HOLLY WAINWRIGHT: Have I been in my job too long?

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Hello hello. I’m back from a month of writing, and while I was locked in my shed, I ticked over a really big birthday. One with a zero at the end.

It rattled me, in the way that decade-defining birthdays rattle us. They make us pick up our life, or at least the story we’re telling ourselves about our life, hold it up to the light and examine it a little, before putting it down and seeing how we feel about it.

This was a work birthday, and I just turned 10. I have been working at Mamamia for a decade.

Holly Wainwright is one of Mamamia's Executive Editors. Image: Supplied.


This is me ^^ in my first year at Mamamia, in fancy dress. Hardly changed a bit, right?

It isn’t surprising that it’s a personal record. It isn’t surprising to think it will probably never happen again. But what’s interesting about it is that how I feel about that birthday - and this definitely mirrors some of my experience of the “real” big birthdays - has taken me from denial, to acceptance, to pride.

This decade has been the most professionally fulfilling of my life, no question. I’ve done a lot of things, learned a lot of things, achieved a lot of things, failed at a lot of things. I’ve worked with the smartest and most talented and hilarious women, some of whom now work in all corners of the Australian media landscape, and some of whom are still by my side.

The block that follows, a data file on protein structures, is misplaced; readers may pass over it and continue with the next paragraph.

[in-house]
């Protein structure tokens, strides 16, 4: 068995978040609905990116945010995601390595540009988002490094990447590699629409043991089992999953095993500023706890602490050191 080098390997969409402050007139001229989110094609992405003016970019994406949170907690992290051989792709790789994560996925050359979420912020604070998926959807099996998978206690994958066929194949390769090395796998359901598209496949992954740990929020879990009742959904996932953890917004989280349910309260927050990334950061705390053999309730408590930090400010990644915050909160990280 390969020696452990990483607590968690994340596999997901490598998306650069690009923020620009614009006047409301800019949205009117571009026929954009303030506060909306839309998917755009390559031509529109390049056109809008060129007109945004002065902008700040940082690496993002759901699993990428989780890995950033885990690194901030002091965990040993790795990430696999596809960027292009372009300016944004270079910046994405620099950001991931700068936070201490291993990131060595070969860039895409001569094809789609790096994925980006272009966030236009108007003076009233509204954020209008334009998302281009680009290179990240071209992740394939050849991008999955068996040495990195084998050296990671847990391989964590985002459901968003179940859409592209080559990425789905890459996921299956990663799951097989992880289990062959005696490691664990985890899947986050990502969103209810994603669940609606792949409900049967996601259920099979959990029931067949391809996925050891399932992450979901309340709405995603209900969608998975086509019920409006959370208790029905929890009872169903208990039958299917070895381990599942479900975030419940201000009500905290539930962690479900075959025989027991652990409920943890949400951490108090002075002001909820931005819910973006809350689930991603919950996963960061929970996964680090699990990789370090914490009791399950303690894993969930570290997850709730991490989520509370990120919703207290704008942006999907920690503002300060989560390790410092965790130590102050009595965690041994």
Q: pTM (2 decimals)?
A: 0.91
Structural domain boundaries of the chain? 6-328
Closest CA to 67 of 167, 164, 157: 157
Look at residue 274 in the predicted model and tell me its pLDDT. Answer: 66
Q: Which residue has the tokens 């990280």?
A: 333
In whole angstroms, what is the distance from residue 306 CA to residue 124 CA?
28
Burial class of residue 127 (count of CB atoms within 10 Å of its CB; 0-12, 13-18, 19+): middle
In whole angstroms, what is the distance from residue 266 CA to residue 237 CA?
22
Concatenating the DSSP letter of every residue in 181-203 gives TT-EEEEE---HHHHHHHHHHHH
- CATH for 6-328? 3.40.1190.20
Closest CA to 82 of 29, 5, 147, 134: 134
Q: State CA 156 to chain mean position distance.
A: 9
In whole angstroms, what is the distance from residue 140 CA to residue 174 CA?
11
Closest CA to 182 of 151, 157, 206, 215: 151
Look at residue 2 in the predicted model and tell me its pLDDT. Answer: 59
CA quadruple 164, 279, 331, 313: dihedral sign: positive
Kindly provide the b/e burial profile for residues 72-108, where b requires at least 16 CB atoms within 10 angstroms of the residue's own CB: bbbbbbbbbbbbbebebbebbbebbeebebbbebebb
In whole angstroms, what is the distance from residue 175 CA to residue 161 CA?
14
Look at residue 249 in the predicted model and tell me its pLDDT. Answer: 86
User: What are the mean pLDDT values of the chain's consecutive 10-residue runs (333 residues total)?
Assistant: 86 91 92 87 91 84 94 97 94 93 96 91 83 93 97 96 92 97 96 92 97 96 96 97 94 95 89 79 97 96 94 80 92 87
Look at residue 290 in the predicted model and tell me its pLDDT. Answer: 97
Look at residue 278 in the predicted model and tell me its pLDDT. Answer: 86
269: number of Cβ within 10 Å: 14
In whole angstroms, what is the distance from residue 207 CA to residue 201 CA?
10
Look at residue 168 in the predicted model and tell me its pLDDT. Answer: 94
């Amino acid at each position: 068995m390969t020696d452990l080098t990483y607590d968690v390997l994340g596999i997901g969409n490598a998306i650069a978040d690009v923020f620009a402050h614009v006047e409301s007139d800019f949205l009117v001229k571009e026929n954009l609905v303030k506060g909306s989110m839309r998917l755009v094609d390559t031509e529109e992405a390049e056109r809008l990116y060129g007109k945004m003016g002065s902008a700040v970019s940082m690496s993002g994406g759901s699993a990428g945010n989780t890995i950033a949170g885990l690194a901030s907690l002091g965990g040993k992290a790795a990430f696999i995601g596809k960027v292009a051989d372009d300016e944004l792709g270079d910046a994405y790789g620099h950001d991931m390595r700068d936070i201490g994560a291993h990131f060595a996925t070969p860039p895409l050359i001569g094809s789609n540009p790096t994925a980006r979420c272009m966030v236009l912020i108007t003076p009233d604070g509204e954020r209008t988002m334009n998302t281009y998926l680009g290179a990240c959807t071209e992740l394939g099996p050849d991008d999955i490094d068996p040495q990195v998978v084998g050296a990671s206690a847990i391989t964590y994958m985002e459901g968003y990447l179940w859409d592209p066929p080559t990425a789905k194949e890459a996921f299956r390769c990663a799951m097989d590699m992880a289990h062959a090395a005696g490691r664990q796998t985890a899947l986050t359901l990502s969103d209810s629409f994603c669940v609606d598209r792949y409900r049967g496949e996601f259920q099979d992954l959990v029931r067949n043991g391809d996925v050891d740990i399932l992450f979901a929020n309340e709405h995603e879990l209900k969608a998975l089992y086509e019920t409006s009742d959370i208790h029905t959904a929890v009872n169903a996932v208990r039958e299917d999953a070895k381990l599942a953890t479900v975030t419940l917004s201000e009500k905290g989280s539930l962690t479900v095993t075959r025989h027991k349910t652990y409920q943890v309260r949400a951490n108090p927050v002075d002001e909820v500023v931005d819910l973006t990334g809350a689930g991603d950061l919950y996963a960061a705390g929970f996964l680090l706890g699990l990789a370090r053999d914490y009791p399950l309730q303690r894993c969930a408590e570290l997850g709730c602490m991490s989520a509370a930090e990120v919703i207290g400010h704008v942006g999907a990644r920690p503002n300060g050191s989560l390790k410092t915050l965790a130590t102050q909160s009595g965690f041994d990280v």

Is it “good” or “bad” to have been in a job a long time? Certainly it’s increasingly rare. For Millennials and Gen Zs the average time in one workplace is two years and three months. For Gen X it’s five years and two months.

My average, I’d guess, almost exactly matches my Gen X data set, and I’ve always been a bit embarrassed about it. When I’m asked “How long have you worked here?” I sometimes do a similar thing that I do when I ‘m asked about my age - fluff it a bit. “Ages.” “100 years.” “Quite a while”, “How about that weather?”.

But now, undeniably, my time at one workplace has become career defining. And if you are finding yourself questioning how long is too long, and when to stay and when to go, I’ve learned a great deal about longevity, when it’s good and when it’s bad.


Here. I hope some of it is helpful.

Watch: First Date with Holly Wainwright. Post continues below.

Video via Mamamia.

1. There’s a difference between staying put, and standing still.